A new study further emphasizes the health hazards of the Southern diet. Although, as many have said, it should come as obvious that fatty filled foods are extremely nasty and dangerous, the fact that more studies are written on the problem could prove useful to raising awareness on the subject.
Yes, of course, people all over the US and not only know that many of their diet choices are far from ideal, and in some cases downright bad. To this extent, the current study also focuses on how people should change their diets so that they eat healthier.
The researchers acknowledge that it’s hard to turn down extremely tasty foods, so, they say, the best thing to do is to change your diet little by little until you get to something as healthy as possible while still maintaining the tastiness level high enough to be motivated.
This study was conducted at the University of Alabama. For it, they analyzed 17 thousand individuals over 45 years old, Caucasians as well as African Americans. One very important factor was that they had not had any history of heart disease or problems. Besides physical examinations, the subjects of the study were also asked to fill out questionnaires about their diets: how much they ate, what foods were common in their menus, and how often did they eat said foods.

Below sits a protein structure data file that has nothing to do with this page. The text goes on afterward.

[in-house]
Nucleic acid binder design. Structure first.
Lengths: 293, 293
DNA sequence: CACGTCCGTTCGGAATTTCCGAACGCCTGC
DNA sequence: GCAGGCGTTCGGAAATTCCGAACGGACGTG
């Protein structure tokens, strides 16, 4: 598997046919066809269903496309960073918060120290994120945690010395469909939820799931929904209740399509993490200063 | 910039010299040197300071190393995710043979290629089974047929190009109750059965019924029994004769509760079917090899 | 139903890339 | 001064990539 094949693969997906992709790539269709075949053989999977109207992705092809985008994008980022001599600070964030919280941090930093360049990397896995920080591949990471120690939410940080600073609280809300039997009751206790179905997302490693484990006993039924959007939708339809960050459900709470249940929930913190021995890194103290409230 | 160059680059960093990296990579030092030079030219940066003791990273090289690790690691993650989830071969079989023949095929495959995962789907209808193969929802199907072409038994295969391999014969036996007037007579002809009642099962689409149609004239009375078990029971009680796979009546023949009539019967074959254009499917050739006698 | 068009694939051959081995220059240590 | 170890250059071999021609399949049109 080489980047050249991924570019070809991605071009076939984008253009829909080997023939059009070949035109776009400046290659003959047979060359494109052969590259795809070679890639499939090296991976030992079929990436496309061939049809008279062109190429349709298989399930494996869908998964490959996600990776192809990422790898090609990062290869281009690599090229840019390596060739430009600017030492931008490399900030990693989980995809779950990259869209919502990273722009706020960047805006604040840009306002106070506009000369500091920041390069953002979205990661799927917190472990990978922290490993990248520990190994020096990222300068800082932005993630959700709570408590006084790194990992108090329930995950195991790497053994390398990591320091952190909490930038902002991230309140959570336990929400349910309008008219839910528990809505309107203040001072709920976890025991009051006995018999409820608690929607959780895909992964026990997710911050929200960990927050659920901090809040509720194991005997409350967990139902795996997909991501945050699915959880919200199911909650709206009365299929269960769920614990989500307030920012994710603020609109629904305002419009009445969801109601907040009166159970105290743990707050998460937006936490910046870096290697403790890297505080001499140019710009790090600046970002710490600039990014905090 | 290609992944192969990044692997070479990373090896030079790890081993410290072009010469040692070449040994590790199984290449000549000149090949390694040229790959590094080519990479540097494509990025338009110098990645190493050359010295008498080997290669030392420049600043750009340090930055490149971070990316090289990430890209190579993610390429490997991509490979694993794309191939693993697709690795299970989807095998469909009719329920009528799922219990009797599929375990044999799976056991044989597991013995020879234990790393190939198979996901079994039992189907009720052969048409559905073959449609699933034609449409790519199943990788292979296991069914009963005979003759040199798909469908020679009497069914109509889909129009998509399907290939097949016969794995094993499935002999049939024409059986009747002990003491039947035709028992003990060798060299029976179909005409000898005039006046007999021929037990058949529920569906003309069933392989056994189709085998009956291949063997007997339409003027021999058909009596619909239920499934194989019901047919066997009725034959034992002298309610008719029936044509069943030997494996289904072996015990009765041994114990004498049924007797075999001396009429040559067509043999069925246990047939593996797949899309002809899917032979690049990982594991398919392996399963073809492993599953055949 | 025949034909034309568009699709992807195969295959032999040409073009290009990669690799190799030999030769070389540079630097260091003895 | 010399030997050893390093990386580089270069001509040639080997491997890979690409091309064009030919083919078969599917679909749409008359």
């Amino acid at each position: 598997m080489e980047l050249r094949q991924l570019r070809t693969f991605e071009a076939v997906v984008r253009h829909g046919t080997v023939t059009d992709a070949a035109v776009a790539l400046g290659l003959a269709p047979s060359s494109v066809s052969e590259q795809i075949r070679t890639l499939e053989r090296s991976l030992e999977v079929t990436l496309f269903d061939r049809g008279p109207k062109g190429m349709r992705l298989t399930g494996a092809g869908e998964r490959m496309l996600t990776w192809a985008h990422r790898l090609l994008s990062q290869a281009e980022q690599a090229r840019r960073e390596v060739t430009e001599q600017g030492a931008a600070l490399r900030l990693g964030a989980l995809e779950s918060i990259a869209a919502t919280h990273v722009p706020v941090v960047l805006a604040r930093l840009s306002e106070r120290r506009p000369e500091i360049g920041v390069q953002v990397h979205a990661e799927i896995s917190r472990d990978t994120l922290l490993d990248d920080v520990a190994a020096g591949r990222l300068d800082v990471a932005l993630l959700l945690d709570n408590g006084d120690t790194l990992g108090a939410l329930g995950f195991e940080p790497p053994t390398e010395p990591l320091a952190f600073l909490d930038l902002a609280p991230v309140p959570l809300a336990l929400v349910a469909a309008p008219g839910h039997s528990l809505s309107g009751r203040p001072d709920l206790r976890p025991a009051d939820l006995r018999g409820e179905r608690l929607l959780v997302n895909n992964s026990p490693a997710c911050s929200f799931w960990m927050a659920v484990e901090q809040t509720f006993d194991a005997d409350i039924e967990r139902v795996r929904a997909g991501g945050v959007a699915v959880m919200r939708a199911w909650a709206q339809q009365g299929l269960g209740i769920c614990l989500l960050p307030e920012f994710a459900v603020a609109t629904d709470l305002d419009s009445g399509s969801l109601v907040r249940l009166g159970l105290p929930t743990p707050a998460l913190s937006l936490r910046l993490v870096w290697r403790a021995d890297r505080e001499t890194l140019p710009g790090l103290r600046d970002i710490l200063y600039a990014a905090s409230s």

A little creepy but relevant part of the study was that doctors called up the participants from time to time over the next six years, asking whether they had developed any kind of heart related disease.
The patterns found by the researchers were divided into six types of diets: the Southern – mainly fried, fat foods, many eggs, ham and bacon, organ meats and fizzy, sugar filled drinks; the Convenience included mainly ordered food: Chinese, Mexican, pizza, or pasta; the Sweets category had naturally, foods with added sugars and all the deliciously unhealthy desserts like cake, candy, chocolate; the Alcohol/salads were high on beer and other alcoholic drinks, salads, tomatoes, complete with unhealthy dressings. The last pattern was a healthier one: the Plant-based diet, with fruits, vegetables, and all the collard greens you can think of.
The results after six-years of check-ups showed that those with the Southern diet had a 56 percent greater risk of getting a coronary type of heart disease. No factor of sex, skin color, gender, education mattered here, though the most prone to such diets were African Americans over 65 living in the southern states with less the $20 thousand per year.
The researchers say that the best thing to do to ensure healthy living is to gradually make small replacements in your diet.
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